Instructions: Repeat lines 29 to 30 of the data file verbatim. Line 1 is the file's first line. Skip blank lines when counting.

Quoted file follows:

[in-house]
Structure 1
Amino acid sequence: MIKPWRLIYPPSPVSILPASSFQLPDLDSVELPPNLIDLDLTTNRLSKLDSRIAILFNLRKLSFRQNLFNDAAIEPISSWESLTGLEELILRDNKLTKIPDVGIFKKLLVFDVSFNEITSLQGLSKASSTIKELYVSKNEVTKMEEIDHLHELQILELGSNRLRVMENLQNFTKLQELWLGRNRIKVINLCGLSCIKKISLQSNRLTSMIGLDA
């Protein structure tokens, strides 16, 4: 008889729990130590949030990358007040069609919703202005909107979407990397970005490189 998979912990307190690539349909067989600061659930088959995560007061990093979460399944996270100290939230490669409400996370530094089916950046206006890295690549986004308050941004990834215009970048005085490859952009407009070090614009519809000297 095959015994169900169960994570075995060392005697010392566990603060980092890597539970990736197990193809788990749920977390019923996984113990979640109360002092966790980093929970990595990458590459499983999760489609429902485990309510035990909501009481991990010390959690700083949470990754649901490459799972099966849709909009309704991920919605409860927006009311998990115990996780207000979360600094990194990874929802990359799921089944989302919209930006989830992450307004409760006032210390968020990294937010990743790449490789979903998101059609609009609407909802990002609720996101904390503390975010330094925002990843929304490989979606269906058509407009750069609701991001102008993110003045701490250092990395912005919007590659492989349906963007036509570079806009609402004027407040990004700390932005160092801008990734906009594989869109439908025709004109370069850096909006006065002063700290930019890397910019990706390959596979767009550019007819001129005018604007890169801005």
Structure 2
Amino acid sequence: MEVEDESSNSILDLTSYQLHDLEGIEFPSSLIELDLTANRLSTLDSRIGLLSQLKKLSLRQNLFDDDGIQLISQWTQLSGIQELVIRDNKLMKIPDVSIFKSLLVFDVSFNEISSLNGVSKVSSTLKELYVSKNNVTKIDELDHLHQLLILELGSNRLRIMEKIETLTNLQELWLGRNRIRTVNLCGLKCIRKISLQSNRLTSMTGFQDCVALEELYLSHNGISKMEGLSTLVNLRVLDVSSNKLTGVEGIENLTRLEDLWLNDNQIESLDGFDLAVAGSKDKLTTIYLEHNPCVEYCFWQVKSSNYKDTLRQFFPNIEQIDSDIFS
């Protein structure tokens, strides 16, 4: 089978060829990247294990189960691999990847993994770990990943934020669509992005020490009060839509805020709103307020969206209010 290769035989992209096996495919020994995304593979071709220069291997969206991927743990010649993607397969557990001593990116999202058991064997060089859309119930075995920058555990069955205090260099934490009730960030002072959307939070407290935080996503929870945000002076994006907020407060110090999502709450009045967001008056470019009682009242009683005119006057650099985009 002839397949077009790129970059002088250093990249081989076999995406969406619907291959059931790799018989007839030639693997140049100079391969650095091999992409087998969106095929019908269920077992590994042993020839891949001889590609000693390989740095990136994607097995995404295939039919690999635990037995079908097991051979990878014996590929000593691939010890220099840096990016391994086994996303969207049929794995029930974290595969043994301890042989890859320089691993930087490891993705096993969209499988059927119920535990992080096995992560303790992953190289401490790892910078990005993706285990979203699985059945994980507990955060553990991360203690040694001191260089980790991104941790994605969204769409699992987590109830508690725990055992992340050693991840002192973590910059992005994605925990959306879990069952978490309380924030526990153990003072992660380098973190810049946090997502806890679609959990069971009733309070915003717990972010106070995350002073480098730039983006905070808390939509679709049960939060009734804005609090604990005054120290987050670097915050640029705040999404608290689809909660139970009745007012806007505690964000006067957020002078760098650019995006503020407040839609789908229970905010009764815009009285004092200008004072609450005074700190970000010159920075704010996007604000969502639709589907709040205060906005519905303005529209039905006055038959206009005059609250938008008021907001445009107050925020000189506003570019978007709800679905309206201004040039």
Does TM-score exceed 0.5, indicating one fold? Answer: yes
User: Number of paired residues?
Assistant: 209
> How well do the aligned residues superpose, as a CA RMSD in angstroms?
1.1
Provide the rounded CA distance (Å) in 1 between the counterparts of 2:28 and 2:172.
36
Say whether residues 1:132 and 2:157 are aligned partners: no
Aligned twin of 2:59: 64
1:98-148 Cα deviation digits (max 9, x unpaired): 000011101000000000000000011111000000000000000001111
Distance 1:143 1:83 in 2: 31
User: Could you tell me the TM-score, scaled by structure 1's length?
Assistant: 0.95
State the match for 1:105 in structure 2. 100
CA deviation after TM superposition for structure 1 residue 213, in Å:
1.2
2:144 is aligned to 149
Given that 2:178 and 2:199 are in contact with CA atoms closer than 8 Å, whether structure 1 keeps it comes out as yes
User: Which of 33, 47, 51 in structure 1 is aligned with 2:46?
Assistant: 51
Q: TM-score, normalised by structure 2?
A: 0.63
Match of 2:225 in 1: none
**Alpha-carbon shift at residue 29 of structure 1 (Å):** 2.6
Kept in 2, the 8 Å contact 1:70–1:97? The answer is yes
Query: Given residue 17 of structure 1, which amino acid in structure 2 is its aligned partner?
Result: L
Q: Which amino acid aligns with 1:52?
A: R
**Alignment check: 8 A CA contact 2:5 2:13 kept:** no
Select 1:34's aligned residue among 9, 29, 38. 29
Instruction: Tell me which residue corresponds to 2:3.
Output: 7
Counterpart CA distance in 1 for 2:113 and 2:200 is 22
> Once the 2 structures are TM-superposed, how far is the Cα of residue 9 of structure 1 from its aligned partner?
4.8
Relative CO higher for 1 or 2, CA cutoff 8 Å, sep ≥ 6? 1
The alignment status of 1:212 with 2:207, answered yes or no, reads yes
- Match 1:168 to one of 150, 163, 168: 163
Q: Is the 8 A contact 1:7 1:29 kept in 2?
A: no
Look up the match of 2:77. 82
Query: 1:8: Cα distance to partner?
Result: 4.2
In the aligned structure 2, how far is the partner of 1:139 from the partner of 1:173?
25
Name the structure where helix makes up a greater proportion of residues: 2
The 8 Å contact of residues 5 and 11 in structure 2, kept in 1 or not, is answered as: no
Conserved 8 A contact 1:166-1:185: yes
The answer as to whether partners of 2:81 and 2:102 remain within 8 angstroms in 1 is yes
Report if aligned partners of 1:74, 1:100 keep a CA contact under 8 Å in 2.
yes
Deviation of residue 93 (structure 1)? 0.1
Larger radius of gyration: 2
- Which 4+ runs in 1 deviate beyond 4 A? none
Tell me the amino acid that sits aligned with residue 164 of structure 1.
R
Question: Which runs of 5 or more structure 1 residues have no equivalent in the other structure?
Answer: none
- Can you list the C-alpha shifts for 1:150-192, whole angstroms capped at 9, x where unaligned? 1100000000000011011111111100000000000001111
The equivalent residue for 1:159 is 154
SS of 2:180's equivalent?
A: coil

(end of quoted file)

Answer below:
A: 0.63
Match of 2:225 in 1: none